Perhaps the most exciting device is the armband that lets you control a computer or tablet with gestures...
Thalmic Labs’ Myo uses sensors to detect the electric activity generated when your brain sends signals to your muscles to move.The processor inside Myo that knows which muscle movements are associated with which gestures and relays this data to your tablet. You can turn up tunes with your wrist - or fire bullets in a first person shooter just by making a fist.
Charging devices can be a chore so Intel has created an easier way to power up. Throw your gadgets in Intel’s Smart Bowl and they’ll start charging wirelessly thanks to magnetic resonance technology.
iPad holders - Whether you’re camping or cooking in the kitchen, there’s an iPad holder made for almost any location. Well now there really is one for ANY location. Introducing the CTA Digital Pedestal - the iPad holder for your toilet. And age is no barrier here with CTA’s Digital iPotty for toddlers.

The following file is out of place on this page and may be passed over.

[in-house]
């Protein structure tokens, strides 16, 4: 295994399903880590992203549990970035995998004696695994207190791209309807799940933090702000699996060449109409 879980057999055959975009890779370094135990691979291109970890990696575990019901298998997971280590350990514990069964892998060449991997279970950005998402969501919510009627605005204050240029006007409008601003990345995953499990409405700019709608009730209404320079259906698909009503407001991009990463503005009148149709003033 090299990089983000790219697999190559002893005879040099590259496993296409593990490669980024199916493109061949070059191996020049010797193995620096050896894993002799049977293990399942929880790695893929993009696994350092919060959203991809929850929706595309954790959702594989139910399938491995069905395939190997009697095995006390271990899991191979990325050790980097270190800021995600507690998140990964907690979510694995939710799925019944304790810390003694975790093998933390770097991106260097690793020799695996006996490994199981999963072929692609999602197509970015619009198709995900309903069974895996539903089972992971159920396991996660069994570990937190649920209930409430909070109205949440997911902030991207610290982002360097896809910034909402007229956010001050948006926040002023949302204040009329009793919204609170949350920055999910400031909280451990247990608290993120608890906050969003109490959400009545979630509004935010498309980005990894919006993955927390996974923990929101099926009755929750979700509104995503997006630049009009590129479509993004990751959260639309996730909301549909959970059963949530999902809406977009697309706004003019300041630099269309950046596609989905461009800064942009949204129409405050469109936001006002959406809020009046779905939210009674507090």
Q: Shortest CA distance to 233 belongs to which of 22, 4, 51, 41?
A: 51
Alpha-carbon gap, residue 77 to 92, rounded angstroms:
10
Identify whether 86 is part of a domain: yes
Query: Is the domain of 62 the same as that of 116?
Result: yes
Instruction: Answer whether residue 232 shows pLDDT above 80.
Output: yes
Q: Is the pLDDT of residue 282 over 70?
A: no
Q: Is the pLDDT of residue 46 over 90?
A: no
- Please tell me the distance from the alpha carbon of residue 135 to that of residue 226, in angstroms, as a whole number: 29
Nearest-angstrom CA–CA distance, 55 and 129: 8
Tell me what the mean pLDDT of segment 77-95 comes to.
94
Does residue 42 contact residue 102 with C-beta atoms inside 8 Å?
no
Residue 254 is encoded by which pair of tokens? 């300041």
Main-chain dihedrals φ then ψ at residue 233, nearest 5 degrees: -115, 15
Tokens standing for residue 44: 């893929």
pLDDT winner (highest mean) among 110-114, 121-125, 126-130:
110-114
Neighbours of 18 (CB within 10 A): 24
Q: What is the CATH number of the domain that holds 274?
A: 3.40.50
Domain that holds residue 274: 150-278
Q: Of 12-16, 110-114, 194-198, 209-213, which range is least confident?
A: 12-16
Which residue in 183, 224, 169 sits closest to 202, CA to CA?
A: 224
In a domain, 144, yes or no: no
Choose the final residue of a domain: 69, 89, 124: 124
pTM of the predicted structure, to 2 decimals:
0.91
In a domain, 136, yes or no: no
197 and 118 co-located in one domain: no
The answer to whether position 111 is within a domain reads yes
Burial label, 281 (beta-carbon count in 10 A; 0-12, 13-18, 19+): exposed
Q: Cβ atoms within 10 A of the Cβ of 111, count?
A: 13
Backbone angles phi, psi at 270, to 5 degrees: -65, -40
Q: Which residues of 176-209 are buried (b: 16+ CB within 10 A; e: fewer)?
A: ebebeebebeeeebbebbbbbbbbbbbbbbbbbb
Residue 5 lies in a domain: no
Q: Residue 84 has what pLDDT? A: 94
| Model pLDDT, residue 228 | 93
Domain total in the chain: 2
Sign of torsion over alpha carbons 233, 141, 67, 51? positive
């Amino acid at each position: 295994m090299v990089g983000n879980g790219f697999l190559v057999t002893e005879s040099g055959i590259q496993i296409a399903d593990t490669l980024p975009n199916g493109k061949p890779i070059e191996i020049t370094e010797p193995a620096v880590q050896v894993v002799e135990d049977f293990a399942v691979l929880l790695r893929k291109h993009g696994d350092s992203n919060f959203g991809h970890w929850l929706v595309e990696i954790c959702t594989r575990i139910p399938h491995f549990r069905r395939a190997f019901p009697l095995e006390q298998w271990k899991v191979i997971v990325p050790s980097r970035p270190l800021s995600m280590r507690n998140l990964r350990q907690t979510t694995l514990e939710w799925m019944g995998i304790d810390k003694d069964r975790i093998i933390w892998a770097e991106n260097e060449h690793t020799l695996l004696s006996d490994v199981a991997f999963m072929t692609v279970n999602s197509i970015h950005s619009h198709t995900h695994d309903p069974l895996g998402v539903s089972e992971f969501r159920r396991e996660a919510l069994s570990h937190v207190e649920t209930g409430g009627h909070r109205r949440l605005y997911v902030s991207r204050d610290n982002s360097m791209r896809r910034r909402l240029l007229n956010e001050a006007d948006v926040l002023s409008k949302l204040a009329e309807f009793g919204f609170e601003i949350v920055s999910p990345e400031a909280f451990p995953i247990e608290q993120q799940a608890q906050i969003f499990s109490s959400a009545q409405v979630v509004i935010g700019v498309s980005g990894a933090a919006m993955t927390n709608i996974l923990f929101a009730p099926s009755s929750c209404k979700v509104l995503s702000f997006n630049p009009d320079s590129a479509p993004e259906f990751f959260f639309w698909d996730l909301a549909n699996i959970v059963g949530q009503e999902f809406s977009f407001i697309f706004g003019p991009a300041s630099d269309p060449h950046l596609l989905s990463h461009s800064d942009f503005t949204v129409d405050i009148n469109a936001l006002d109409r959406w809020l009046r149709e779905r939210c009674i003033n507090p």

Appliances were a hot CES trend. Decor cooked up a smart stove. The Discovery IQ range sports a built-in Android tablet so you can control the oven remotely or check Facebook as you chef-it-up.
A "Connected Toothbrush" from French startup Kolibree rounds off our list of interesting tablet developments from the show. This handy device uses sensors to detect how long and how thoroughly you brush and sends that info to a mobile app - perhaps the dentist’s dream.